1. Larry Richards, Creative Bible Teaching. (Revised, Updated version with Gary Bredfeldt, 1998)
As a Christian educator, I’ve examined scores of books on teaching, learning, and classroom methodology. But CBT remains my #1 recommendation for teachers.
For thinkers and theologians, Larry’s section on “studying the Bible” shows how important one’s doctrine of Scripture is to how one communicates it. Elsewhere in the book he examines how people learn, and the implications for teaching them. The theoretical foundation he provides for the various steps in a lesson plan enables one to write his or her own lessons effectively, and adapt published curriculum materials. Larry’s explanation of how to increase the likelihood of application is alone worth the price of the book.
Put simply, CBT changed the way I think about teaching, and made it easier to apply classes that later trained me in the teaching/learning process. Get the book. Highlight it. Strive to apply its ideas the next time you teach. If you don’t agree that it helped, I’ll give you back the money you paid for the book.
2. Charles Spurgeon, Lectures To My Students
This book consists of talks Spurgeon gave to a group of prospective pastors in training for vocational ministry. But anyone who regularly teaches Bible, including Sunday School workers and women’s Bible study leaders, can profit from much of the book’s content.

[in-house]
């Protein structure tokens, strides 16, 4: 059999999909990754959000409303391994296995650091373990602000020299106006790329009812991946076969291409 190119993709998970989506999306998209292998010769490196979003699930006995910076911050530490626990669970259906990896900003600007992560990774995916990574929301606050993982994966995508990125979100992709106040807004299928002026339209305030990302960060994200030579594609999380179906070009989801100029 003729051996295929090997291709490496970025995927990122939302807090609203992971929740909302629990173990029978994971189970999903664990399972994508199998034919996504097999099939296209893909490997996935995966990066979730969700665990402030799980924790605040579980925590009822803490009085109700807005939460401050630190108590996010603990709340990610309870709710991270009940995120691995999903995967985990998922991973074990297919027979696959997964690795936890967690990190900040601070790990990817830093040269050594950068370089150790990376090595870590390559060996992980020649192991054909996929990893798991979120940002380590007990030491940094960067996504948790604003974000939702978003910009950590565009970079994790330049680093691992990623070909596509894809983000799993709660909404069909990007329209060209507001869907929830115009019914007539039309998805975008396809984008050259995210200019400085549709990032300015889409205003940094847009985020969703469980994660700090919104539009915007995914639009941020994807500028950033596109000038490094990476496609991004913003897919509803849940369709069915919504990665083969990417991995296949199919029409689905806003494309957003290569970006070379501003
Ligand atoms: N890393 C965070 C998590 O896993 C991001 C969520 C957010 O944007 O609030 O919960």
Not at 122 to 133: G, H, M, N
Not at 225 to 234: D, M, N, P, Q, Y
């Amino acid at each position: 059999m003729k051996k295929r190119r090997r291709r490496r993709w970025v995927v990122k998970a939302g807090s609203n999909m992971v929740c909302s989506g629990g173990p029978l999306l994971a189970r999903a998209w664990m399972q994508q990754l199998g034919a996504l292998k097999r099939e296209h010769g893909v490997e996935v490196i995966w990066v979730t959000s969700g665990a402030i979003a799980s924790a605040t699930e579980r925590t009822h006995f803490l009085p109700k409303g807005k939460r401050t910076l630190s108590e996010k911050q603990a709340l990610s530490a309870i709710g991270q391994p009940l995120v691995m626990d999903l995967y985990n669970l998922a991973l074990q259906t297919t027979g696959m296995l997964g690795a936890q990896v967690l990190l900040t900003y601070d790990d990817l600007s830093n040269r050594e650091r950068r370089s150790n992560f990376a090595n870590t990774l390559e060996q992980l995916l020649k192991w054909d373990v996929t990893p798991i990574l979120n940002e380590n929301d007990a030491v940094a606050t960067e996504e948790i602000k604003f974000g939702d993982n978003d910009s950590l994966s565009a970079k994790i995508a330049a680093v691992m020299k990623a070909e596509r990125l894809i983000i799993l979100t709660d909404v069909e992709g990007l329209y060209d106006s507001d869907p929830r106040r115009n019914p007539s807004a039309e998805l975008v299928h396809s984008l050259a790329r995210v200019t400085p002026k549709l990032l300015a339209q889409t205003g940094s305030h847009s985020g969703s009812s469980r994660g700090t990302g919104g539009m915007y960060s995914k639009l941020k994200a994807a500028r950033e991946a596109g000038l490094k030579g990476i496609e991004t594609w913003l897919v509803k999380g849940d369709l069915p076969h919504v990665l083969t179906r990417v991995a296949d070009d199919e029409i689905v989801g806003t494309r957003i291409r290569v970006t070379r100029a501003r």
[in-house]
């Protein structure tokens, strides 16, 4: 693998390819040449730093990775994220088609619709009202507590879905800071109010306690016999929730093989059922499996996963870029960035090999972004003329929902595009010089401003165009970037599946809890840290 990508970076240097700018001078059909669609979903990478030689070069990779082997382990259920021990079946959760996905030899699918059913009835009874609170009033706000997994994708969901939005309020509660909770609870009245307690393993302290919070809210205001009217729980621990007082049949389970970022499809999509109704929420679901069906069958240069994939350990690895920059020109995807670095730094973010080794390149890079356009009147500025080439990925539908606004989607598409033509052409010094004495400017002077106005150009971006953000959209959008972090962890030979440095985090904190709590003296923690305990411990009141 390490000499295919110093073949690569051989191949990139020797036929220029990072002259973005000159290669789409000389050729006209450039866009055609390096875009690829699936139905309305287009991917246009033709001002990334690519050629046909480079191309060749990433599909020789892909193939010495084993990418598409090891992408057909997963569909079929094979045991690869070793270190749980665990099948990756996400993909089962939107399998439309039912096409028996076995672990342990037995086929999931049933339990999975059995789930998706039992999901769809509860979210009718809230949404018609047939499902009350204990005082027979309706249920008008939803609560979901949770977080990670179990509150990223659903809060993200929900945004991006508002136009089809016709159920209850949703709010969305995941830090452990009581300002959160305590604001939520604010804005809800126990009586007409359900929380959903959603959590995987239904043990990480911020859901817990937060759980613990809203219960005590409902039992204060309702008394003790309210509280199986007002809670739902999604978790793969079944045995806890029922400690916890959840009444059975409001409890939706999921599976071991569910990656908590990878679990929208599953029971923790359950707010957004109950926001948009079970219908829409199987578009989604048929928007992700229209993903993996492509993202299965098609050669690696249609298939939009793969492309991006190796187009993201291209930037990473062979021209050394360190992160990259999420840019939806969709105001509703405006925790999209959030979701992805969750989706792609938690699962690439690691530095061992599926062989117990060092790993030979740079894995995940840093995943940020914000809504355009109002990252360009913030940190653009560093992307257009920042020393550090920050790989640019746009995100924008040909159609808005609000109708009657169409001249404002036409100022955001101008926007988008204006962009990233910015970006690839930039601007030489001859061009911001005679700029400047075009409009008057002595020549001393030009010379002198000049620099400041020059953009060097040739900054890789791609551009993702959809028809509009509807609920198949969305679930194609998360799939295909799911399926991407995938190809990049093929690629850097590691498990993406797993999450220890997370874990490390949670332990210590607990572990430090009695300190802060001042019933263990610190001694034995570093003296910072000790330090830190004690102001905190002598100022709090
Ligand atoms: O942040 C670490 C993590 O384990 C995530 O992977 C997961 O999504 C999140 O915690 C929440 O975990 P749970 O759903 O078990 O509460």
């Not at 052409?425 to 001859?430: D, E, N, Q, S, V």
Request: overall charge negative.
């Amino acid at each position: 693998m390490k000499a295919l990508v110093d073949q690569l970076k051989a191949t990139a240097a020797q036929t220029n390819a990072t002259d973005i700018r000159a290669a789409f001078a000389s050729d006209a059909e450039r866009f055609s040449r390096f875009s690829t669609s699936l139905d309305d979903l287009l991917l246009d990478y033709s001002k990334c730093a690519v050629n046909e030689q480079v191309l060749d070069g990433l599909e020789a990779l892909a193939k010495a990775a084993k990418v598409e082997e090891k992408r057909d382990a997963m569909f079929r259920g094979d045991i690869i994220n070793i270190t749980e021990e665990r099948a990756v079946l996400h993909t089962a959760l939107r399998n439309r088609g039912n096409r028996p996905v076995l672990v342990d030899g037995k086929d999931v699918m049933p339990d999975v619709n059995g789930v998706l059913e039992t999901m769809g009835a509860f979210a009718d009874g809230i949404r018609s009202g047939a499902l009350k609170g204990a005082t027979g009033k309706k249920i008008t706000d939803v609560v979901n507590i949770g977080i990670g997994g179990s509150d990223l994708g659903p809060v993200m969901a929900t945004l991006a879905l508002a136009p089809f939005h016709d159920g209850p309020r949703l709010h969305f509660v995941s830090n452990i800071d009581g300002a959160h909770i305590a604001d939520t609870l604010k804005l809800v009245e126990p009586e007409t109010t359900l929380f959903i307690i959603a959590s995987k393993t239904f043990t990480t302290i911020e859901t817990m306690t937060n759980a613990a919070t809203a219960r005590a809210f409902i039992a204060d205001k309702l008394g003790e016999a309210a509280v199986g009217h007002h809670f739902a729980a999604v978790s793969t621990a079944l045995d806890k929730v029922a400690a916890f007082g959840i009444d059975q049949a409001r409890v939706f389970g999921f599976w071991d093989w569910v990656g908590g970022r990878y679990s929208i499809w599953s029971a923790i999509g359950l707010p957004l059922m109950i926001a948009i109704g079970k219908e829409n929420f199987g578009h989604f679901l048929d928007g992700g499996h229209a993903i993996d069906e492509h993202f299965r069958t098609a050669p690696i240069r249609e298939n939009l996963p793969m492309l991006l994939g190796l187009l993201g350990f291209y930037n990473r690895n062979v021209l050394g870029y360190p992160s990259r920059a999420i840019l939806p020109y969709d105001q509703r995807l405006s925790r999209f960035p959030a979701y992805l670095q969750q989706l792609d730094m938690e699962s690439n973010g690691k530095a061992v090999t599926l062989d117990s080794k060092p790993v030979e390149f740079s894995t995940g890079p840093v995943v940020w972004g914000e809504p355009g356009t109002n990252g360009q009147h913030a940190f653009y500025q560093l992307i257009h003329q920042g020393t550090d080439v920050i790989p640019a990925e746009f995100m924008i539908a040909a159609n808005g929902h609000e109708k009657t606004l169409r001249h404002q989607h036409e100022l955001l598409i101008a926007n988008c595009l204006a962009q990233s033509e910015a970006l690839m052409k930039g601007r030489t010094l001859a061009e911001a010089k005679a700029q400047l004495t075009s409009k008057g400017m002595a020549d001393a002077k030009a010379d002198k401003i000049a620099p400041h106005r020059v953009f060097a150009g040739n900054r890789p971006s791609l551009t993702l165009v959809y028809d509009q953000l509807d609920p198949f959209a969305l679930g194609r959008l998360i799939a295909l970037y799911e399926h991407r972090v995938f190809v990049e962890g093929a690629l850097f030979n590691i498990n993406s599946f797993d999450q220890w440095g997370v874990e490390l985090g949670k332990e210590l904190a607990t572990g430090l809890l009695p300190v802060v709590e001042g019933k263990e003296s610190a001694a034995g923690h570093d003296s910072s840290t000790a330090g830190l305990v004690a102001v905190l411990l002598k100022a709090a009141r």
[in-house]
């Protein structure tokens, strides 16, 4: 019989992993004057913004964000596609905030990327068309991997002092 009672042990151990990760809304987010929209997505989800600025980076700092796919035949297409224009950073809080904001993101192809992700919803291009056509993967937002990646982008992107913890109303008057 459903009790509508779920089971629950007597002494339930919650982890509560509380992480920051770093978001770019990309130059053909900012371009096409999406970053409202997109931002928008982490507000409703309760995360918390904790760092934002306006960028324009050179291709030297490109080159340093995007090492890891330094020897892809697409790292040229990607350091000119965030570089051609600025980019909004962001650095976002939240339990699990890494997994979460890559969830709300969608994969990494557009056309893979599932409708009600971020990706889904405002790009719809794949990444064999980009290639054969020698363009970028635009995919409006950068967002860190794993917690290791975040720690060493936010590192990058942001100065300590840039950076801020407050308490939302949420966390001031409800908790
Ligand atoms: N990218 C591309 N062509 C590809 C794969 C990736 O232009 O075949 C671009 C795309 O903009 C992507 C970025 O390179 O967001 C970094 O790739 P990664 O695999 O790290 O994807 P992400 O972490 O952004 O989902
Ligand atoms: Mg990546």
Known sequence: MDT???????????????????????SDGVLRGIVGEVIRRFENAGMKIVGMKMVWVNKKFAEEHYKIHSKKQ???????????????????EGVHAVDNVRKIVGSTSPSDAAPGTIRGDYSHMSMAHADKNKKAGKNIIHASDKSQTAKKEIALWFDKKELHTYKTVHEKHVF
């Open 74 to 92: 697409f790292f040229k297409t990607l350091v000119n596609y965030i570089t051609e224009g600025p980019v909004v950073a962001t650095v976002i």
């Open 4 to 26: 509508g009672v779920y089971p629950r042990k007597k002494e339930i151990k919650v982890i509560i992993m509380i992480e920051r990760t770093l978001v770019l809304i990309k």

Spurgeon discusses everything from the private life of a pastor to his public prayers; from discouragement of leaders to the care needed for casual conversations; from the Holy Spirit’s role in Bible teaching to oratorical skills (gestures, posture, etc.); from evangelistic sermons to the selection and use of illustrations. For example, he wrote, “Illustrations are not the strength of a message any more than windows are the strength of a building. Too many openings for light detract from the stability of the building.”
Your library is incomplete until its shelves contain a marked-up, dog-eared copy of Lectures To My Students. He speaks to the head, heart, and hands of the teacher of Bible.
3. Ken Sande, The Peacemaker
Sande puts a positive spin on conflict, citing it as an opportunity for personal growth and for enhancement of God’s reputation. Every chapter teems with Scripture, and ends on a strong note of application.
The author identifies the various approaches to or styles of responding in a conflict situation. He explains how to tell if an issue is worth fighting over. He outlines procedures for restitution, restoration, and church discipline. Perhaps my primary takeaway is the habit of asking these questions when I’m embroiled in relational tension: In my handling of this situation, how can I be a good steward of God’s reputation? What character trait is the Lord wanting to cultivate in me through this circumstance? Who can I serve better in this situation?
You’ll also want to visit the extensive resources for conflict management at the website for Peacemaker Ministries.
What books have shaped you as a teacher or leader?